Letter from Charlie Sun to Dr. Alfred E. Stearns, December 7, 1932


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Letter from Charlie Sun to Dr. Alfred E. Stearns, December 7, 1932


Letter from Charlie Sun to Dr. Alfred E. Stearns, December 7, 1932


Service de Protocole, Wai Chiao Pu, Nanking, December 17, 1932.

Dear Dr. Stearns;

Your most kindly letter reached me a long time ago, but between then and now many things happened which had kept me pretty busy. A summary of my personal march of events will perhaps give you an idea of what had passed since I wrote you last.

After a month’s stay in Shanghai last June, I went back to Tientsin to my old home town for the first time after many years. There I lived three happy months with my parents. But the question of getting a job presented itself to me, and after many attempts and through the good offices of my former colleague in the Chinese Legation at London, I was successful in obtaining a position in the Ministry of Foreign Affairs as stated above. So at the end of September, after having attended Tommie's marriage in Tientsin, I sailed south for Shanghai, where I was put up at Arthur’s house. Here something very sad happened; namely the death of my brother-in-law, Mary’s husband, to Whom she was married in the previous summer just after my landing in Shanghai and at whose wedding I acted as the bestman. I need not trouble you with the details of his illlness that led to his sudden and tragic death, but suffice to say that he had an acute internal trouble, who was discovered too late for operation. He died after having been vainly operated on. Mary was in a state of collapse and my poor Dad was not far from been distracted by the blow. It happened that Mary's husband had not immediate relatives in Shanghai at the time of his death. Mary and Father were both disqualified for doing any real work, and as luck would have it, Arthur was taken ill at this juncture as well as one of his babies, which kept my sister-in-law at home to attend the sick ones. That left my kid sister and myself as the only ones who might give some help, and believe me, I had a hard time; because besides attending to the troublesome matters of a Chinese funeral, with which I was not at all farmiliar, I had to at the same time do my best to cheer everyone up, but chiefly Mary and my Dad. I had never had such a difficult time in my life, and my final examinations at Phillips were nothing compared with this. Finally, however, the mother and brother of the deceased arrived from Peiping and with the help of many kind friends, we were able to have the body ready for shipment to the north for burial. Mary went back with the body to Tientsin, where she now is, after having seen the burial. Poor Mary, what is she going to do! Only four months married and both of them so young. Dr. Stearns, it was certainly hard for me, who having not long been the bestman at their wedding to act not many months later as the bearer of the coffin of one of them. I hope you will write to Mary and give her a word of encouragement. You may reach her by addressing your letter to me.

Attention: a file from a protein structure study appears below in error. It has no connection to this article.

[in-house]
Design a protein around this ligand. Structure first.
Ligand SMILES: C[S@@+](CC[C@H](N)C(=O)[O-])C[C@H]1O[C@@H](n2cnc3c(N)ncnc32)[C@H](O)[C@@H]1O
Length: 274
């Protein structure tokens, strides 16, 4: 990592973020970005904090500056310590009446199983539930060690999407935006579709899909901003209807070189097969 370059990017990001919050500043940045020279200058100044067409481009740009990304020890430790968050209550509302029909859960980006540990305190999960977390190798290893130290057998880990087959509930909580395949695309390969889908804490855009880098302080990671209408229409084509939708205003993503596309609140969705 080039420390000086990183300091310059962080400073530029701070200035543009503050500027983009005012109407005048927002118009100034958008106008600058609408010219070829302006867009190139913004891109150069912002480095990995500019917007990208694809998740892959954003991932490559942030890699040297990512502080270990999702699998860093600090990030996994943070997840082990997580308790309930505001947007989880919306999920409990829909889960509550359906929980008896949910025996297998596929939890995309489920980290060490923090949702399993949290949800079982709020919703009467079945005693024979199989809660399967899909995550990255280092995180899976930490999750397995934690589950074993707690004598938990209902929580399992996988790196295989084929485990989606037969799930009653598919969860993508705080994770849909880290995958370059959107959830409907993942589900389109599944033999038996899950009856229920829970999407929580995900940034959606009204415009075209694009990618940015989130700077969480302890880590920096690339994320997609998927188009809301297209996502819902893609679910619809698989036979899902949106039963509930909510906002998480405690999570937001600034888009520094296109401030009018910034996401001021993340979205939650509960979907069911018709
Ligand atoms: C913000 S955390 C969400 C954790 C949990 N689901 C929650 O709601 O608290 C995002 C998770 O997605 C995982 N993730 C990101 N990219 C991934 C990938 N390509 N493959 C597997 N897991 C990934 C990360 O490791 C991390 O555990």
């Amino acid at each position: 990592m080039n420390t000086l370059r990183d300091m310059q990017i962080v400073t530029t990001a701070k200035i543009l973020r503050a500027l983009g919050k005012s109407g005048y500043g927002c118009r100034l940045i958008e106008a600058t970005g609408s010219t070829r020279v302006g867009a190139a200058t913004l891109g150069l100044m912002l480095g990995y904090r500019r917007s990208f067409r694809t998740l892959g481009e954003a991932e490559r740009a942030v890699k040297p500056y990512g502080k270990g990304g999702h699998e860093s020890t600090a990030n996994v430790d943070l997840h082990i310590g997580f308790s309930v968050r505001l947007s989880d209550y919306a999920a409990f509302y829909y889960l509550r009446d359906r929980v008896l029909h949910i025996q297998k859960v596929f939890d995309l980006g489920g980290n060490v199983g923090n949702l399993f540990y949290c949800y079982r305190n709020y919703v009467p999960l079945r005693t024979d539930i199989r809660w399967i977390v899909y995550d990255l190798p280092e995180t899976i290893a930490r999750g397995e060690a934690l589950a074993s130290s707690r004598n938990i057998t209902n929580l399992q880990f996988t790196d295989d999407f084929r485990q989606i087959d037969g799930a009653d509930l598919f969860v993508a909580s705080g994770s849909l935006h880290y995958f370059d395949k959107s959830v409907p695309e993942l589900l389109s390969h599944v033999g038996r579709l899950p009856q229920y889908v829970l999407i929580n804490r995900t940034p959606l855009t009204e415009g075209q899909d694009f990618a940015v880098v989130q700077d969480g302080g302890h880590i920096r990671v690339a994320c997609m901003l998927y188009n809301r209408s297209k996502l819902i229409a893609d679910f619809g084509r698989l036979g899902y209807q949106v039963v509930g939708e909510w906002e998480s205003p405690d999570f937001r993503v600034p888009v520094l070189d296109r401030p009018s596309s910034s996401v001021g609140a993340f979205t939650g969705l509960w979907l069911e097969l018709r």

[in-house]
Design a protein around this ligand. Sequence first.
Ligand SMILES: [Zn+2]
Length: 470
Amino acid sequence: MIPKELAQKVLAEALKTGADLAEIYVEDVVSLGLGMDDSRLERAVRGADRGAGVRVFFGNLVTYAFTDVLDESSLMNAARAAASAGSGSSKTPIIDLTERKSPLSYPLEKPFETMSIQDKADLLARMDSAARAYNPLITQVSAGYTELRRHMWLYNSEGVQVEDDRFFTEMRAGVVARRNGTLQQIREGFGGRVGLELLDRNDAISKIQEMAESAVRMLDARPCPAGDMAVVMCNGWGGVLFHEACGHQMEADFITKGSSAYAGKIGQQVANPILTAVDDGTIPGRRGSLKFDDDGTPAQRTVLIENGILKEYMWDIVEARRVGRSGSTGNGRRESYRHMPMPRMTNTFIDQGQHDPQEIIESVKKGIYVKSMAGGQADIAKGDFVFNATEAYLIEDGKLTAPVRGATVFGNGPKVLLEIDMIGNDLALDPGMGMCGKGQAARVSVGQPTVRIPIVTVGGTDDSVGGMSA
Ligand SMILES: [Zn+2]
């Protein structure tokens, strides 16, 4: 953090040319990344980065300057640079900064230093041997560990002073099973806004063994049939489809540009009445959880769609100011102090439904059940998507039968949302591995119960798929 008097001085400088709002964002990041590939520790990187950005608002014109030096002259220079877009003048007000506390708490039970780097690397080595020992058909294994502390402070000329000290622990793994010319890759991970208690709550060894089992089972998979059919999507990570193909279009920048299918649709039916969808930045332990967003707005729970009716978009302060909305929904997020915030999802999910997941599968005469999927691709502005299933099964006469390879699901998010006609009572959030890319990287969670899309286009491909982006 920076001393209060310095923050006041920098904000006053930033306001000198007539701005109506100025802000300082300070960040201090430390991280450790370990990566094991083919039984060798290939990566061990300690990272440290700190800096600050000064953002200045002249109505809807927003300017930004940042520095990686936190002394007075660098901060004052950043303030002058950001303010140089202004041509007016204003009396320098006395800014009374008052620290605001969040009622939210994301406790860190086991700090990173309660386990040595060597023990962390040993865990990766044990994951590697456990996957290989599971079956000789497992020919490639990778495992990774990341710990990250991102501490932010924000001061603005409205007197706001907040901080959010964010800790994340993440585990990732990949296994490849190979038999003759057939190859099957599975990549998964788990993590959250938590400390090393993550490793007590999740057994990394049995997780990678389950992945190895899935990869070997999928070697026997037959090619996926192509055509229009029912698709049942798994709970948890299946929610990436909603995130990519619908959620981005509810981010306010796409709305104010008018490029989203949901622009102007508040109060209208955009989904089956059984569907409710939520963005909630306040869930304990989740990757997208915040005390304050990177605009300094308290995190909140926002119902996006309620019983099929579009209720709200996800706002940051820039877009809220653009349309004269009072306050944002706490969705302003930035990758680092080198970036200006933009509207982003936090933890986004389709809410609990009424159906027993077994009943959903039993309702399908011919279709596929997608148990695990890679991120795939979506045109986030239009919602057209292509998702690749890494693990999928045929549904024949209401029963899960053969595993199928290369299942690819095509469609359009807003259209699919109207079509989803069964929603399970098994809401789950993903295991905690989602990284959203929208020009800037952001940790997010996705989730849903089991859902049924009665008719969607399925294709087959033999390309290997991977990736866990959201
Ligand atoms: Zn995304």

After this tragic event in Shanghai I came to Nanking around the sixth of December and went immediately to work at the Ministry. My job, as the name of the Service indicated, consisted of protocols matters which includes a variety of things such as preparing formal banquets, meeting foreign diplomatic or prominent visiters to our capital, drafting messages of felicitation and condolence, etc; , etc. The work is fairly interesting and suits me, because it does not require much knowledge of Chinese. But I am not very satisfied with it in so much as it is a Government job, for which I have a strong dislike. Had it not been my father's repeated urging, I would not have re-entered government service. But to please him I am putting up with it, at least for the present. I hope some day, however, I shall be able to find something elsewhere.

As you will be spending Christmas in Europe, I wish to give you my greetings for the Season and best wishes for a good rest and trip around the Continent. It is too bad that you cannot manage to visit us in China, for I am sure that if you do, there are more many persons who will be ready to welcome old Dr; Stearns to their home land.

Tommy is now working at the Kailan Mining Administration in Tongshan near Tientsin; Arthur is still with the Shanghai Municipal Government; Frank is the sales manager of the China Radio Company at Tientsin; Quincy, from whom I have not heard since my return, is according to his father teaching at the Hangchow University at the City of Hangchow; Charlie Tsai I am sorry to say is not doing so well. He is in Tientsin working in the Railway office, but I fear he does not take his work seriously. The Yuan Brothers, William and Henry, their nephew Tommy, and Admiral Tu’s son, who had such a hard time at Phillips are all in Tientsin. William is connected with a cement factory; Henry is doing well at the Tientsin head office of the Kailan Mining Administration. Tommy Yuan is another rascal; he is doing nothing. I met Tu at a musical recital I attended last summer when I was in Tientsin, but I did not get to know what he is doing. Oh, by the way, I must not forget Dick Tseng. I heard he is now also married and is working with the British American Tobacco Company of China. His exact location is not known to me. Little Chan of Canton, whom although I have not seen for years, is, I am told, working in a Bank at Hongkong. He must be doing well too. This in short is all the P.A. news from China that I know of. I shall be glad to hear from you what is going on in Andover.

Ever sincerely yours,


Charlie Sun


Phillips Academy


December 7, 1932


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